Growing up, all around me were people who knew what they wanted to “be”. I had friends and classmates who knew they wanted to be social workers, museum curators, artists, scientists, and business owners. I particularly remember one classmate in junior high school, Monica, who told me at age 13 that she wanted to be an accountant. I was astonished. Why would anyone want to be that, I wondered, and how on earth could a 13-year-old have already decided that? I asked her why she had chosen that particular field. She looked at me as if I were slightly dim-witted and said, “Have you seen all the ads in the Sunday New York Times for accountants? Open any newspaper. There are always ads for accountants. I’m guaranteed to have a job.” Looking at her, I could see it: a life already planned, a life of safety, of sitting at a desk with numbers, plugging away, until retirement. I felt a strange mix of admiration and contempt: admiration for how she knew what she wanted, and contempt that it was so… small. So safe. So unimaginative. This is not to say that being an accountant is contemptible! I have great admiration for them, because they do what I never in a million years would want to do, they seem to enjoy it, and they make a good living doing it. I’ve stared at my accountant with respect and envy for his ability to make sense of my tax documents and come up with a refund number that is near-miraculous. Nope, nothing wrong with being an accountant.

All through high school I felt restless. I got excellent grades in my English and Social Studies classes, took Latin and loved it, but did abysmally in Geometry. Actually, that’s not true. I was getting 90’s on my tests in my first semester when I had a teacher who actually bothered to teach us geometry and got us to enjoy it, but the following semester was informed that this wonderful teacher had done us a great disservice by not preparing us for the Regent’s exam. So, we rushed through a ton of material, which was not actually taught, just gone over, and I started failing. Badly. I started receiving 50’s and even 40’s. I was told before the Regent’s exam that if I passed it, I would pass the course. The passing grade was 65. I got a 66.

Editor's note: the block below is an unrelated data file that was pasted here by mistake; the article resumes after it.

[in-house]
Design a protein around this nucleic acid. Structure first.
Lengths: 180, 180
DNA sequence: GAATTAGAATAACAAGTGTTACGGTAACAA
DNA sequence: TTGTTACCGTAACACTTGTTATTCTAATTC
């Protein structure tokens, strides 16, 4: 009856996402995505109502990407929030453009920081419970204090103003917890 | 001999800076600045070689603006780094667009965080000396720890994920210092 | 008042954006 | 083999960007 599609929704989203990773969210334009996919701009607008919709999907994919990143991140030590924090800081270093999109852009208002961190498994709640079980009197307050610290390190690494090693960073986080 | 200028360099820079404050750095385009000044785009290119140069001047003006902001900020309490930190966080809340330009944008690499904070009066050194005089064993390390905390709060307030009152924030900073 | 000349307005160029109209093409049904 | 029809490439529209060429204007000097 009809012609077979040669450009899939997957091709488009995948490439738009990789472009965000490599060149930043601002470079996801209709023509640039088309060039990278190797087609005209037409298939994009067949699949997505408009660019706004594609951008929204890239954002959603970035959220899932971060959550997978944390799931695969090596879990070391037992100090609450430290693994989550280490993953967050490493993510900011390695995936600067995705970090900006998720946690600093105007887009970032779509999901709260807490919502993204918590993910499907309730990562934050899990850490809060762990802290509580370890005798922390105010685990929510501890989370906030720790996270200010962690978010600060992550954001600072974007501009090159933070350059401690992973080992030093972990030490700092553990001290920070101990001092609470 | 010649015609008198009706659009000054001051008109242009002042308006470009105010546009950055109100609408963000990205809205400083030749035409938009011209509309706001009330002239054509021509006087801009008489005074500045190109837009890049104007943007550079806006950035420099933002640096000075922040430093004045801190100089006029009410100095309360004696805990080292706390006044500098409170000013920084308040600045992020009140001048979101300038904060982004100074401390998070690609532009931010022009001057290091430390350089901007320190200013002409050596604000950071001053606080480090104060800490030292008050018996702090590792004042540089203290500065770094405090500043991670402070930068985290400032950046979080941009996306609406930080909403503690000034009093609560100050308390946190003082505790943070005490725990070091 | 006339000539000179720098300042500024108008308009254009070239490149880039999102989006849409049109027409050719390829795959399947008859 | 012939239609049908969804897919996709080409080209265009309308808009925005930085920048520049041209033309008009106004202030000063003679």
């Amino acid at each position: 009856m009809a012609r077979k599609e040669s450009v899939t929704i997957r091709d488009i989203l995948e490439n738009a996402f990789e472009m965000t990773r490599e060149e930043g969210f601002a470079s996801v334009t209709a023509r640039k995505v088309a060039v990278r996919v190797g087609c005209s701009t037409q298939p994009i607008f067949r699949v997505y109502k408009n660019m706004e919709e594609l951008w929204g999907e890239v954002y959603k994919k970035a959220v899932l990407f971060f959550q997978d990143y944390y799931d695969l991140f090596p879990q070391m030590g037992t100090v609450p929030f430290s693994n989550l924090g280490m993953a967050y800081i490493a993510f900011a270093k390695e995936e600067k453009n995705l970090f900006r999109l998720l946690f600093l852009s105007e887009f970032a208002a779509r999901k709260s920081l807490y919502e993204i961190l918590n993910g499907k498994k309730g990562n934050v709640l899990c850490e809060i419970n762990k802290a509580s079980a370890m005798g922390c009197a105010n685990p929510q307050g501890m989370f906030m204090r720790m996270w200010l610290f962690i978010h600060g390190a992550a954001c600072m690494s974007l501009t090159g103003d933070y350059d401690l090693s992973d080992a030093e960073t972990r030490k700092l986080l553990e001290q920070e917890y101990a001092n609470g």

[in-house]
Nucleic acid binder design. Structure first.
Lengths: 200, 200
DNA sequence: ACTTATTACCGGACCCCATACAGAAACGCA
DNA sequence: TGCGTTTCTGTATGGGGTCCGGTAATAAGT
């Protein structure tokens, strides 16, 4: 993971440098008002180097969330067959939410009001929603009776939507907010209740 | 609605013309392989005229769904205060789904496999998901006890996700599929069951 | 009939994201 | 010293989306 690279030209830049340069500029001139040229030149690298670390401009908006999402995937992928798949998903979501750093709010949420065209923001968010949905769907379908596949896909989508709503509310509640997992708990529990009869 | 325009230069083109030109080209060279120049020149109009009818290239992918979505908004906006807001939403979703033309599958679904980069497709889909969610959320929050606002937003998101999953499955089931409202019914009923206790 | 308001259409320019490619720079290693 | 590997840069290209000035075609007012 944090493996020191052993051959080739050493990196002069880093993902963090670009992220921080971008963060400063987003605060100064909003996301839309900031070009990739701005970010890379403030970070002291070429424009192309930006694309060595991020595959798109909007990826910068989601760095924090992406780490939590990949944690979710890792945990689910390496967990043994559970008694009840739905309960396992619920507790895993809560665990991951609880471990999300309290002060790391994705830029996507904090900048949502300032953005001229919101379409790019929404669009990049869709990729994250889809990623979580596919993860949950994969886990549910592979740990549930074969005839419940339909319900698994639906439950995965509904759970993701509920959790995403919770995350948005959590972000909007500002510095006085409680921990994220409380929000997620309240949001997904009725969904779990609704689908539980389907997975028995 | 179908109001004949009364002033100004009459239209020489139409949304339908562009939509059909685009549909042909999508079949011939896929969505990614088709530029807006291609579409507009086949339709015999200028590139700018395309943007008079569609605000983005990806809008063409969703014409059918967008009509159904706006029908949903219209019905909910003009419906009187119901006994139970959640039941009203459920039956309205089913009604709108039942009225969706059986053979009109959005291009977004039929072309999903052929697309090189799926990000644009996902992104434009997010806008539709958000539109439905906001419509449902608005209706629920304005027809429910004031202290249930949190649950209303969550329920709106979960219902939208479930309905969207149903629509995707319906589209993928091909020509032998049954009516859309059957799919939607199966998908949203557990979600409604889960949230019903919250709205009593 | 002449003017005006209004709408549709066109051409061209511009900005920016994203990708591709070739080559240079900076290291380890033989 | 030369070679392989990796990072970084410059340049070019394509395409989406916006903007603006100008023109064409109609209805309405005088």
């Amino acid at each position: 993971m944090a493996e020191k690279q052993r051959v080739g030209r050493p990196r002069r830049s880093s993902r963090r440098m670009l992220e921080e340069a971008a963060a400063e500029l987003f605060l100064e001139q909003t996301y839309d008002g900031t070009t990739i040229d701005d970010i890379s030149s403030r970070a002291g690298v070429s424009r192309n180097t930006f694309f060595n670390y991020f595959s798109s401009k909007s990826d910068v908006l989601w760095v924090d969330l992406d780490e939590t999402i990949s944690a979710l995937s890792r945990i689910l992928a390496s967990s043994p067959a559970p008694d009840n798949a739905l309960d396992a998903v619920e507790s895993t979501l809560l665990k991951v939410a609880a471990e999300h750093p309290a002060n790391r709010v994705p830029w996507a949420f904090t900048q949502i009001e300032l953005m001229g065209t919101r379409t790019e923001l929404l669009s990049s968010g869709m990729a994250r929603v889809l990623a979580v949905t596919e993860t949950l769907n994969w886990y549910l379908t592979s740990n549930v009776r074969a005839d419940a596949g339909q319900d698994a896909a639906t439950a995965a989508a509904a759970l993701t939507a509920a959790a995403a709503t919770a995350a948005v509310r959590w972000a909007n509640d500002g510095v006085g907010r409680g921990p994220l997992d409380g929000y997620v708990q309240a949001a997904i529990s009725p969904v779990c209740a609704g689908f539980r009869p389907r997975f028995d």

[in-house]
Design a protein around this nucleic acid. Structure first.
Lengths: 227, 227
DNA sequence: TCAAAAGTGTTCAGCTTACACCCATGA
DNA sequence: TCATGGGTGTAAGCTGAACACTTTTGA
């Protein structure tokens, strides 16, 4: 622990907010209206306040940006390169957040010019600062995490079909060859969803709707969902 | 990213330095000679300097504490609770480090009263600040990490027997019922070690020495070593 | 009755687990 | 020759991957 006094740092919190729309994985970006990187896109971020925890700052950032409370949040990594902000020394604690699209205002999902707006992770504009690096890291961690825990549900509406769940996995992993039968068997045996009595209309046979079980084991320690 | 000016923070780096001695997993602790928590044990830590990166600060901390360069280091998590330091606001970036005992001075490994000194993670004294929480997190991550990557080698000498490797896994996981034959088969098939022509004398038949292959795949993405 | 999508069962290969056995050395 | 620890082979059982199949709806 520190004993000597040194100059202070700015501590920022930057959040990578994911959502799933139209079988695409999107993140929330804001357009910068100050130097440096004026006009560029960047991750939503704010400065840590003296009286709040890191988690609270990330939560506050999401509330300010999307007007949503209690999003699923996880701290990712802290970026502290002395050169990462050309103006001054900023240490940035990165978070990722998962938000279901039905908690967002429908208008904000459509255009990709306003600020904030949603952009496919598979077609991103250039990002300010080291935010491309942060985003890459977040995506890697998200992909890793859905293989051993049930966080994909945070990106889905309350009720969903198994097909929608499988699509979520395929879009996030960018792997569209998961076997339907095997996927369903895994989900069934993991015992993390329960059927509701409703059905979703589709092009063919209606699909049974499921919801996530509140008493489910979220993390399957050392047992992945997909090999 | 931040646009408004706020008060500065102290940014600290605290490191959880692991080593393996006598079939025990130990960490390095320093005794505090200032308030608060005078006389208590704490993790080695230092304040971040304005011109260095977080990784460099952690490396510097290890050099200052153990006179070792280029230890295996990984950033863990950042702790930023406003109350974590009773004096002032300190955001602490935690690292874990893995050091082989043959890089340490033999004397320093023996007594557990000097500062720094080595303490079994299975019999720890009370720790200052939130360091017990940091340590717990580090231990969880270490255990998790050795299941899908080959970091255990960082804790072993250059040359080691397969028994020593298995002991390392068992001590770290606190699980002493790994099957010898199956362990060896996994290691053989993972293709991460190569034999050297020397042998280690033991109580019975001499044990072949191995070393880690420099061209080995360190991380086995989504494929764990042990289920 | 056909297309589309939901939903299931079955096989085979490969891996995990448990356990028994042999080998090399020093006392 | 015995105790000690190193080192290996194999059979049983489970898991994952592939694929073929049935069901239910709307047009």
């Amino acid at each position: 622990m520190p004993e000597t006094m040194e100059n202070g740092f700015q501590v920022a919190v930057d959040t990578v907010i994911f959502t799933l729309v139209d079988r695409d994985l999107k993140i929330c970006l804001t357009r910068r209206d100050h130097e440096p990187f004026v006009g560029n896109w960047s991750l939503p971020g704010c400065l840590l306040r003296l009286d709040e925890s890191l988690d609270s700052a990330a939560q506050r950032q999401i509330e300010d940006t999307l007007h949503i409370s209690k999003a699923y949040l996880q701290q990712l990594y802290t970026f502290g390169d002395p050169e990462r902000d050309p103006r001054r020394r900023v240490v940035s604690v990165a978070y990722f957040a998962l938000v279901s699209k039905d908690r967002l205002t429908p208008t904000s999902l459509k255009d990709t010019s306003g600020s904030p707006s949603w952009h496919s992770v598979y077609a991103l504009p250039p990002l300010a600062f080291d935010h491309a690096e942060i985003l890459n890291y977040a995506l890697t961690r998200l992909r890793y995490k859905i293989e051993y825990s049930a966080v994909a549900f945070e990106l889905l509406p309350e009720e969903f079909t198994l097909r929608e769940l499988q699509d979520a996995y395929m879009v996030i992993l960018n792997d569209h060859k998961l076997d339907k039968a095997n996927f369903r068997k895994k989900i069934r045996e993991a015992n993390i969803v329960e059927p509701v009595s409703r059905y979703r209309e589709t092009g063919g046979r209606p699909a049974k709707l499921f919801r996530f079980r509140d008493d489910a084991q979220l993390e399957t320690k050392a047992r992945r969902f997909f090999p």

By this time I was so unmotivated by school that I looked for a way to get out of regular classes and came across something called the Executive Internship Program. I pushed my parents to let me apply. The idea was that for one semester I would be a full-time intern for an executive while keeping a regular journal of my experiences. I had also decided I wanted to graduate early, and was told that I could if I did some independent research projects. I got my parents and guidance counselor to grudgingly agree, and then it was time to choose an organization to intern with. I had three choices: a lawyer for a big firm, a publisher for a major publishing house, and an environmental activist who ran a small environmental organization out of a messy loft on Layfayette Street in the East Village, back when space there was practically being given away. I interviewed with the lawyer, who offered me the job on the spot. Then I had my interview with the publisher, who loved me and was actually trying to convince me to come and work for her, but had to cut the interview short because she had a meeting with John Irving, who came in and shook my hand, looked me in the eye and said he was very pleased to meet me. In my naiveté, I had no idea who he was, no idea that the book he was coming in to discuss with her was about to be a major bestseller, The World According to Garp. The coordinator of the Executive Internship Program later pushed me to take the publishing job, but no, I was a rebel. Not for me was a job where I’d have to wear corporate gear (the lawyer), or a swank gig at a major publishing house on 6th Avenue where I could hobnob with famous authors. No, I chose the dingy loft on Layfayette, the cool internship, where I could wear my hippy clothes, hang out in Washington Square Park at lunchtime, edit and write articles for the newsletter, and do something to save the planet.

By this point in my life that was all that my confused mind could think I wanted to do: write and save the planet.

The internship didn’t turn out as I had hoped, but I had fun, learned a lot and smoked some good dope on my last day. To this day I wonder what would have happened if I had taken the internship with the publisher. Would doors have magically opened? Would I have been given the wise adult guidance I so desperately needed? Would I have been on an actual career path as I entered college? I’ll never know. I spent what would have been my last semester of high school at home reading everything I could get my hands on, including and especially things I thought I should read but didn’t really enjoy, like Le Mort D’Artur. I wanted to show the world that I was using my time more wisely than if I had been in high school, and I was probably right.